The last three weeks were non-stop, and for a moment I thought I’d be too busy to notice 2011 had arrived. But here I am, excited for the new year and the possibilities it holds for my career, making new and enriching old friendships, travel and time in the kitchen. Above all else, I anticipate intense joy (plus one unforgettable celebration) this Autumn when I marry my best friend.

Before looking ahead, 2010 was a big year for us:

+ I worked in my first nutrition-related position as Clinical Dietitian at a local hospital

+ We relocated twice: Corpus Christi to Bagdad, FL, and then back to Corpus

+ We explored Maine’s eastern coast. Breathtakingly beautiful… a seafood-lover’s heaven

+ Dan finished two of three portions for his USMC pilot training; he began the final in November.

+ We became the proud, vicarious parents of TurtleFrancis and Muh-Meow

+ I began some of my own family food traditions

+ Searched, searched and continue to search for employment in nutrition/dietetics.

+ Dan built a wood-burning brick pizza oven on wheels

+ A new blogging acquaintance offered me a contributor position to her online magazine

+ I relished my first cribbage tournament win against him (finally!), then promptly deflated when I fell and fractured my elbow

+ And of course, the engagement

Now here we go, 2011 — poised to be bigger and busier than the last. Before madness ensues, and I turn into an incessant bore of a bride-to-be who can only manage conversations about place settings and flower arrangements, I propose (no pun intended) to begin this blog year with a clean, fresh recipe.

When I tried to come up with something to embody that description, citrus fruit came to mind immediately. Just look at that plate. If that doesn’t scream “fresh and clean,” I don’t know what does. And, since citrus is a symbol of luck and prosperity in the new year (yes, please), let’s kick off with three citrus marmalade.

Whole pink grapefruit, tangerines and lemon come together for a tangy, tart spread perfect on everything from hearty whole grain toast to delicate cream scones. Chunky, as I prefer it, and pretty darn beautiful in a big glass jar on the table as the morning sun shines through. What can I say, I eat with my eyes first.

Marmalade is a preserve made from the citrus juice, peel and everything else in between. You probably knew that. But did you know the peel, pith and membranes that surround the fruit — parts usually not eaten — contains most of the fiber, vitamin A and bioflavonoids (known for antioxidant properties)? Lots of nutritious stuff in this recipe. I even reduced the sugar by a fourth, making it that much healthier.

Excellent incentives to make a batch of marmalade if you ask me. I may be biased, but this is what I’m craving after the holidays. A fresh and clean start to the new year. Cheers!

Three Citrus Marmalade [makes about 12 six-ounce jars]

Printable recipe

I let my citrus slices fall apart on their own during cooking to keep a nice chunky texture, but feel free to chop yours before cooking.

1 pink grapefruit

4 small oranges (I used tangerines)

1 large lemon

Water

Granulated sugar

Pinch of salt

Scrub the fruit and carefully slice very thin with a sharp knife or mandoline, saving the juice. Discard the seeds and the grapefruit core. (It took a while to cut the core out of each grapefruit slice; try using an apple corer to take the whole middle section out while the fruit is still whole.)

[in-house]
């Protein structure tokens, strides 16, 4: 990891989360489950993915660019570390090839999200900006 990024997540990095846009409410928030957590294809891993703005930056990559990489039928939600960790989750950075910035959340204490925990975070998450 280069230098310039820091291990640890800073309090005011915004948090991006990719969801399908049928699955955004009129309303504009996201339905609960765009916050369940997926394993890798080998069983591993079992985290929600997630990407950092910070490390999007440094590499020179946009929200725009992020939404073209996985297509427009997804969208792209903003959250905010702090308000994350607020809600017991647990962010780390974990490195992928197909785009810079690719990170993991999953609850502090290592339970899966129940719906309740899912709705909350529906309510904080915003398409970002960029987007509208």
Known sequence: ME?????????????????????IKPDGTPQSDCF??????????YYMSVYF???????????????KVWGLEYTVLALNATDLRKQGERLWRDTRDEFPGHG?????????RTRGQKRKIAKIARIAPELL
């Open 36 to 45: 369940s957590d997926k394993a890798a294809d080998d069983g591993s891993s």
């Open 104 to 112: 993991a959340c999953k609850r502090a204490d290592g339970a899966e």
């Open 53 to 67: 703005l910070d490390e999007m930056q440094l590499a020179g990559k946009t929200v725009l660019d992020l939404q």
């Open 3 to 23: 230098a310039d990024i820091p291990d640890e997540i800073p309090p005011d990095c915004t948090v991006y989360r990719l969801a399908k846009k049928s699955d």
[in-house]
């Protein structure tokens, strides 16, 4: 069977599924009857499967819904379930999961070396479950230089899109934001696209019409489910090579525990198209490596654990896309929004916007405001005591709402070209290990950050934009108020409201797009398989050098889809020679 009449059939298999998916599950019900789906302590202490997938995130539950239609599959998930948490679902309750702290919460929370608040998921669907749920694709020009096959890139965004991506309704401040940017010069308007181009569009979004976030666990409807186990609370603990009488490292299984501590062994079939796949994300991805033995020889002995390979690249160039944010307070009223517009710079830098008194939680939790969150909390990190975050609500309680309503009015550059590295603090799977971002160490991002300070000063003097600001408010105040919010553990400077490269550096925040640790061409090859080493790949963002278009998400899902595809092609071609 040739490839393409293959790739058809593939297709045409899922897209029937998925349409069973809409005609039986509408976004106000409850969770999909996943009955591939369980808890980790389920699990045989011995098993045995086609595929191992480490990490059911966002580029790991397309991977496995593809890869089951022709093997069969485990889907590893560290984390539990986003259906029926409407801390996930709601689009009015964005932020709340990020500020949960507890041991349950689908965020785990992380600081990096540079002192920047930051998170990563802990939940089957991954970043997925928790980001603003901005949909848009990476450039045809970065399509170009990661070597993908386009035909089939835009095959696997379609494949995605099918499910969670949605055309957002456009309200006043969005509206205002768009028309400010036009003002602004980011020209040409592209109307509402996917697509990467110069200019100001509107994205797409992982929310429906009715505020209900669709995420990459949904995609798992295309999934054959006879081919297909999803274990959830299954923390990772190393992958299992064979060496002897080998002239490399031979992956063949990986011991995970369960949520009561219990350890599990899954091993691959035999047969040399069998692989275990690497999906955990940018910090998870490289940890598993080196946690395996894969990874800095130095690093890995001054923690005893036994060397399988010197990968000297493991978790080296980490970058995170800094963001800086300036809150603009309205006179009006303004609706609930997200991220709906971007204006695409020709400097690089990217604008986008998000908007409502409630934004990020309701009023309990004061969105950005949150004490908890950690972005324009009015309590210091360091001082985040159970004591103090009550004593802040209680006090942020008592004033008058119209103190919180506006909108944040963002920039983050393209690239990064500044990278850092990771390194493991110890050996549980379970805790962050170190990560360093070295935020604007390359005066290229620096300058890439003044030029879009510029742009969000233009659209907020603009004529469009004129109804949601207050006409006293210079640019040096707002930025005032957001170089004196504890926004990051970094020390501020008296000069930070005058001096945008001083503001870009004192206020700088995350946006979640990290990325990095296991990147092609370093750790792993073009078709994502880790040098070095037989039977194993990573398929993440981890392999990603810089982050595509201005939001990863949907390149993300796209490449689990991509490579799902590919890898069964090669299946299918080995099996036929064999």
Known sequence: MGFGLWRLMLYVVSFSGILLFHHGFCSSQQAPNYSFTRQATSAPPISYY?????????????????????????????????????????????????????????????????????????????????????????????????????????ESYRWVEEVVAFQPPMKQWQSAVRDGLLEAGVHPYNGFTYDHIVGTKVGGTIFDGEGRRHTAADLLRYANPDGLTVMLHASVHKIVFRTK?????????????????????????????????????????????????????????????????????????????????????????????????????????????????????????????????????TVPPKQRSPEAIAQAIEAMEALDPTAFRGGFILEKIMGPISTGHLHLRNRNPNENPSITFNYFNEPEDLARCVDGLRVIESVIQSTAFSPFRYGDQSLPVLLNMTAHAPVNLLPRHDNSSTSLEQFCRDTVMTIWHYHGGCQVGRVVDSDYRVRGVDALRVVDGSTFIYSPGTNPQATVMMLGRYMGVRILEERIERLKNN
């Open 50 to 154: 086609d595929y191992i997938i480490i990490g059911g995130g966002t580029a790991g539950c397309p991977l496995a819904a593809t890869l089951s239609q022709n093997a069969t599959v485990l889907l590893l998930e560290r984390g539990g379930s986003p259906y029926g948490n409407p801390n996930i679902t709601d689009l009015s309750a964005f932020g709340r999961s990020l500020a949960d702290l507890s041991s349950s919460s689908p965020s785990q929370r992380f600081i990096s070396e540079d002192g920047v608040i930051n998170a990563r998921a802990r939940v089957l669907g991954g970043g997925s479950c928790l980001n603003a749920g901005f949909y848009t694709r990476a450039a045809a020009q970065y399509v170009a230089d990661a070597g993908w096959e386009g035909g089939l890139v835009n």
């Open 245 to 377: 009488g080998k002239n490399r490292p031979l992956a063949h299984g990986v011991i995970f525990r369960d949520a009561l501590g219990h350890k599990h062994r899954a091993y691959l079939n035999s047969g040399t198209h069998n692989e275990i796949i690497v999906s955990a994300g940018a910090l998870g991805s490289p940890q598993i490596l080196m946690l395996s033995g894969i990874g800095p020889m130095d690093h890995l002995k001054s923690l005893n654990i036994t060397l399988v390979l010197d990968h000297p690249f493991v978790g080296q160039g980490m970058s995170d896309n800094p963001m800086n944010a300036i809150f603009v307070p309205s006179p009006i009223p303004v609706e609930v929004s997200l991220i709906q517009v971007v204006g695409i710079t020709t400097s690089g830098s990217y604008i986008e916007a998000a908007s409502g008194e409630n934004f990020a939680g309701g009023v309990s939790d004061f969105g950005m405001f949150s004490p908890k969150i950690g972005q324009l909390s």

In a large measuring cup (4 c or more), measure the amount of fruit and juice you have. Depending on the size of your citrus, you might need to empty the contents into the pot as you measure. Put the fruit and juice in a large, heavy bottomed pot, and add three times as much water. (If you don’t have a large measuring cup, use a smaller one; it just means more emptying into the pot and measuring. But keep track of your numbers!)

Over medium-low to medium heat, bring the pot’s contents up to a simmer. At that point, cover the pot and keep at the gentle simmer for 2 hours. Remove from heat and let stand at room temperature, covered, overnight. (If you’re worried about keeping a pot on the stove overnight, place it in a turned off oven for safe-keeping.)

The next day, measure the fruit and liquid with the large measuring cup, or smaller cup, once more and pouring into a large bowl. Add an equal amount of sugar and a pinch of salt to the fruit in the bowl. (I added 3/4 the amount of sugar initially, then tasted as the cooking went on to see if more was necessary; none was needed.)

Place a small plate in the freezer to later test for consistency — see if the “jellying point” has been reached.

Place the pot over medium to medium-high heat and allow the contents to cook rapidly, in two or three batches, stirring frequently, until the jellying point is reached. Careful the marmalade doesn’t get too hot and burns on the bottom.

To test for the jelling point, drop a spoonful of the marmalade onto the chilled plate. Return to the freezer for 1 to 2 minutes, then gently nudge the edge of the marmalade with a finger. It’s ready when the shape holds. If it is too thin and spreads out, place the plate back in the freezer and continue cooking, stirring frequently. Test every minute or two on the refrozen plate, until it reaches the proper consistency.

When ready, ladle the marmalade into sterilized jars, 3/4 of the way full, and seal tightly. Promptly flip over and let cool to room temperature for several hours. Store in the refrigerator for up to a month.

Adapted from Fannie Farmer

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